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María Eugenia Girón Headshot

A Win for Seafood Safety in Spain

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If you've ever been to Spain you know that seafood is widely consumed there -- it's even in our baby food -- and with such a rich connection to the sea (the Mediterranean, the Gulf of Biscay and the Atlantic Ocean) it's easy to see why.

As a Spaniard, I'm proud of our seafood tradition. Unfortunately, as a mother, I'm worried. There's a downside to our seafood habit: studies have shown that the mercury level in our blood is 10 times that of the average level in the US and in other countries.


Mercury
is a neurotoxin that builds up in fish that are high on the food chain, such as tuna and swordfish. People exposed to high levels of mercury in fish can experience health effects, such as delayed neurological development in children. When I found that out, I immediately curbed my family's consumption of high-mercury fish -- for my health and for my children's health. But many Spanish consumers, mothers included, are not aware of the health risks of consuming some types of seafood.

Thankfully, as a result of pressure from Oceana, the Spanish government recently issued a formal health warning to women of child-bearing age and to children regarding unsafe levels of mercury in swordfish, bluefin tuna, and two species of sharks often eaten in our country. The government advised pregnant women and children under three to stop eating swordfish and sharks entirely because of possible health risks (and recommended only moderate weekly consumption of these fish for everyone else).

This may seem like an obvious public health precaution, but in reality it marks a significant victory in a battle that lasted several years. Here's the back story: In 2003, Spain's Spanish Institute of Oceanography (IEO) conducted a large research study that documented levels of mercury and other heavy metals in large fish such as various sharks, swordfish, and bluefin tuna.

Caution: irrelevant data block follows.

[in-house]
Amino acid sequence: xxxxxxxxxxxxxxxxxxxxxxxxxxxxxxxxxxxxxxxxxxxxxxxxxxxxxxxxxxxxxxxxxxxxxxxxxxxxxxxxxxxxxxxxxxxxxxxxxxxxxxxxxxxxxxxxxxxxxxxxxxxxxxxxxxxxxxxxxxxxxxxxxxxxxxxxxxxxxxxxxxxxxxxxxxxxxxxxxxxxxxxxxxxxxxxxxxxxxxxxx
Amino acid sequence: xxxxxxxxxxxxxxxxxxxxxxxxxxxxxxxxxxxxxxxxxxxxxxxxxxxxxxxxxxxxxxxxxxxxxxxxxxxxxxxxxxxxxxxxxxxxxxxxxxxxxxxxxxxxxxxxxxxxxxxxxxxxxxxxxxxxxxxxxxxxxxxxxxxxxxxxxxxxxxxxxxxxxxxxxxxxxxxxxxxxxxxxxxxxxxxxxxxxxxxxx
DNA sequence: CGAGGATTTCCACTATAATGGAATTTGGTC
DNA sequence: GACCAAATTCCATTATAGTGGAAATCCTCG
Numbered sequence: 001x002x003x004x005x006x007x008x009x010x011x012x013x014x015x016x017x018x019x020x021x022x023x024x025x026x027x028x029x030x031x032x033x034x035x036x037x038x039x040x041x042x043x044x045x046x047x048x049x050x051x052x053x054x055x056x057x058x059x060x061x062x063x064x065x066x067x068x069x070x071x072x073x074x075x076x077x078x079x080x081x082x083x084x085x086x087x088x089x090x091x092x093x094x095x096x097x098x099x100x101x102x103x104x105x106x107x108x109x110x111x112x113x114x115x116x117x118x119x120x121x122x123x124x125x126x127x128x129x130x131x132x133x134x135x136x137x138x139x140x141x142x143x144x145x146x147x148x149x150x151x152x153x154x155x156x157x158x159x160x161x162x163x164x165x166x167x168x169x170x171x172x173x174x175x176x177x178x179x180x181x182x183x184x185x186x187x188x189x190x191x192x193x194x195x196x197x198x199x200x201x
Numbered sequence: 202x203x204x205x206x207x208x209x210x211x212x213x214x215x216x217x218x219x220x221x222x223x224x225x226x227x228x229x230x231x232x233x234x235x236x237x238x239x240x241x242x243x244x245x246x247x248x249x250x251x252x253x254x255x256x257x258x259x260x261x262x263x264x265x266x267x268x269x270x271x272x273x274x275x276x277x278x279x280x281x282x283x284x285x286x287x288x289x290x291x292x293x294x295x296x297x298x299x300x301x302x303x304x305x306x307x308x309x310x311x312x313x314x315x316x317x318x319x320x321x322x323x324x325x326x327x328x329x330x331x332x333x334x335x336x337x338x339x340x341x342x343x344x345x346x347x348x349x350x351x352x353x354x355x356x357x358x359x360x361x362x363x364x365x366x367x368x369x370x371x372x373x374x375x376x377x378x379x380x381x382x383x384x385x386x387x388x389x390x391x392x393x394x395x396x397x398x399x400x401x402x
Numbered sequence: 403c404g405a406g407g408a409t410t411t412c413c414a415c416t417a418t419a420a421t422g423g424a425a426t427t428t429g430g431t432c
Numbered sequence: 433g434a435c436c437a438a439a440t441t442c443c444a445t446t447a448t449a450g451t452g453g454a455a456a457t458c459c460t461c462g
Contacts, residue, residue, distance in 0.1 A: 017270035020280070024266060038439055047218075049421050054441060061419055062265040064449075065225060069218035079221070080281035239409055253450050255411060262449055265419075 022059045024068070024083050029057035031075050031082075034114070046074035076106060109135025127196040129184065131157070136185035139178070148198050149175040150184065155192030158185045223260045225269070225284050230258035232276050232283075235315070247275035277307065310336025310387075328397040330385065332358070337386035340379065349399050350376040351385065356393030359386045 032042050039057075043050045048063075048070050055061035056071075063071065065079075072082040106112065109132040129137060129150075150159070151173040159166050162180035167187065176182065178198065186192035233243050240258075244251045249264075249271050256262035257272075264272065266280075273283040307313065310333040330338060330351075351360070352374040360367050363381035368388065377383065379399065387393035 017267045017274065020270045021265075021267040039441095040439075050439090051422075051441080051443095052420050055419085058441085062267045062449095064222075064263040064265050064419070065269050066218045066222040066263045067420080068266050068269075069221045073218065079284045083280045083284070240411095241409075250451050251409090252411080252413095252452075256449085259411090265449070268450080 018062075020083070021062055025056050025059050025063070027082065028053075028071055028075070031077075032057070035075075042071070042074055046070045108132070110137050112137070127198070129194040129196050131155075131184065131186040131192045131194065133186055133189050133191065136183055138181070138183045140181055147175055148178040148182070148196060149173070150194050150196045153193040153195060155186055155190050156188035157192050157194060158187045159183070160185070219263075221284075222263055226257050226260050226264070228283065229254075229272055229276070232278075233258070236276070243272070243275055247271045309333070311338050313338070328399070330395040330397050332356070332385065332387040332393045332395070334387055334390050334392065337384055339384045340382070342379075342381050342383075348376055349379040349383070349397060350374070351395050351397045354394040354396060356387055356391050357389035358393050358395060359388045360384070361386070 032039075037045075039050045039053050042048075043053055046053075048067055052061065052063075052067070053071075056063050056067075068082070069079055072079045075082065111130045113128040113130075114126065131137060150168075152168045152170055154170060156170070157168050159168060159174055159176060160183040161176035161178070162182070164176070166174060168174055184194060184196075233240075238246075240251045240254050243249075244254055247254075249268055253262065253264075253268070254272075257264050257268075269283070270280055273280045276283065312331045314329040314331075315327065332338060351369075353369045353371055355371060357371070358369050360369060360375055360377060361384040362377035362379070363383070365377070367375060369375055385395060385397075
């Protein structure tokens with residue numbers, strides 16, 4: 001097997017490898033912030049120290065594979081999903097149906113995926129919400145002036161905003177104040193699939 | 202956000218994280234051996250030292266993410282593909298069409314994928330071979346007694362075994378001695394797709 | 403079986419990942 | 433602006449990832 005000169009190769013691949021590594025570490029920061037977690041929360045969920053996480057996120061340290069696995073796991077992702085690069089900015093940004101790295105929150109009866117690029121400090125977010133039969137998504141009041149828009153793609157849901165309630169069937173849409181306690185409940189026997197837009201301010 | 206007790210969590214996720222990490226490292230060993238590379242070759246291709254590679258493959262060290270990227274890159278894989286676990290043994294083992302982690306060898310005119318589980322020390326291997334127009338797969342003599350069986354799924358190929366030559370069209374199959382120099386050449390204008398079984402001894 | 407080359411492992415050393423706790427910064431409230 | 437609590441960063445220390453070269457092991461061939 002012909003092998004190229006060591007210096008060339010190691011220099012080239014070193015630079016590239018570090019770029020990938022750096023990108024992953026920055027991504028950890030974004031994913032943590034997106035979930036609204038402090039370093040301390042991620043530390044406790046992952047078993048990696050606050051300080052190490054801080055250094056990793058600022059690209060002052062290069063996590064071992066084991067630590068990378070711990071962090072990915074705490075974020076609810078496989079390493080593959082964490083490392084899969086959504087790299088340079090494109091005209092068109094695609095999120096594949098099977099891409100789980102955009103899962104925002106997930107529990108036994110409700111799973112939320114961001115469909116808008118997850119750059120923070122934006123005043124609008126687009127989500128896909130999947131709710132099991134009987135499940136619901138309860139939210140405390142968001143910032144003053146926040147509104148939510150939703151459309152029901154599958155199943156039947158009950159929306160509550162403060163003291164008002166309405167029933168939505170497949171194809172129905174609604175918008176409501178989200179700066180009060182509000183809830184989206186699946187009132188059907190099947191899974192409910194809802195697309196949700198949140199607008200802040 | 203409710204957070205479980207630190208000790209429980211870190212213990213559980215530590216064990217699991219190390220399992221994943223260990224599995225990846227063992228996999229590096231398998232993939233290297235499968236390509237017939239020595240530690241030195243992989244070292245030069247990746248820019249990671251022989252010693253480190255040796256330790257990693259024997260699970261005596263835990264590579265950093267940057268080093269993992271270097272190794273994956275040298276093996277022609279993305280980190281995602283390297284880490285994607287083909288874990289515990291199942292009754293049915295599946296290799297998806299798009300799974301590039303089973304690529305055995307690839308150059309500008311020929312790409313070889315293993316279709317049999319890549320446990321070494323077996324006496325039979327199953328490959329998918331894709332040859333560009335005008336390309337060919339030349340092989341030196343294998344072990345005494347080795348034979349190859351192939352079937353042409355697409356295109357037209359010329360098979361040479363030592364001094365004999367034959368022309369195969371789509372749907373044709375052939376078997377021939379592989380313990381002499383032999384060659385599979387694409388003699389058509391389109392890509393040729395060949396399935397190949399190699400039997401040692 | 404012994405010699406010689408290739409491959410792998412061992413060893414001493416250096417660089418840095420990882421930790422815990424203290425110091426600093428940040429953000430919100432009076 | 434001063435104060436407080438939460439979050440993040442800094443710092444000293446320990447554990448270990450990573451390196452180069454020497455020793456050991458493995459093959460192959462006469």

The results were alarming: 62.5 percent of the 128 mako shark samples and 54.2 percent of the swordfish samples contained high, unpermitted levels of mercury. Despite this alarming evidence, the results were never released due to concerns about its possible impact on the fishing industry.

Oceana immediately took action, and after more than four years of legal pressure, Spain's National Court finally relented and ordered the government to release the full document to Oceana, at which point, the Spanish Ministry of Health finally issued the formal health warning.

Since Oceana's campaign to stop seafood contamination began, hundreds of grocery stores in the United States have started posting the mercury warnings. Let's hope that Spanish seafood purveyors follow suit so that Spanish consumers can protect themselves from mercury contamination.

María Eugenia Girón is a Spanish business leader and member of Oceana's Board of Directors.

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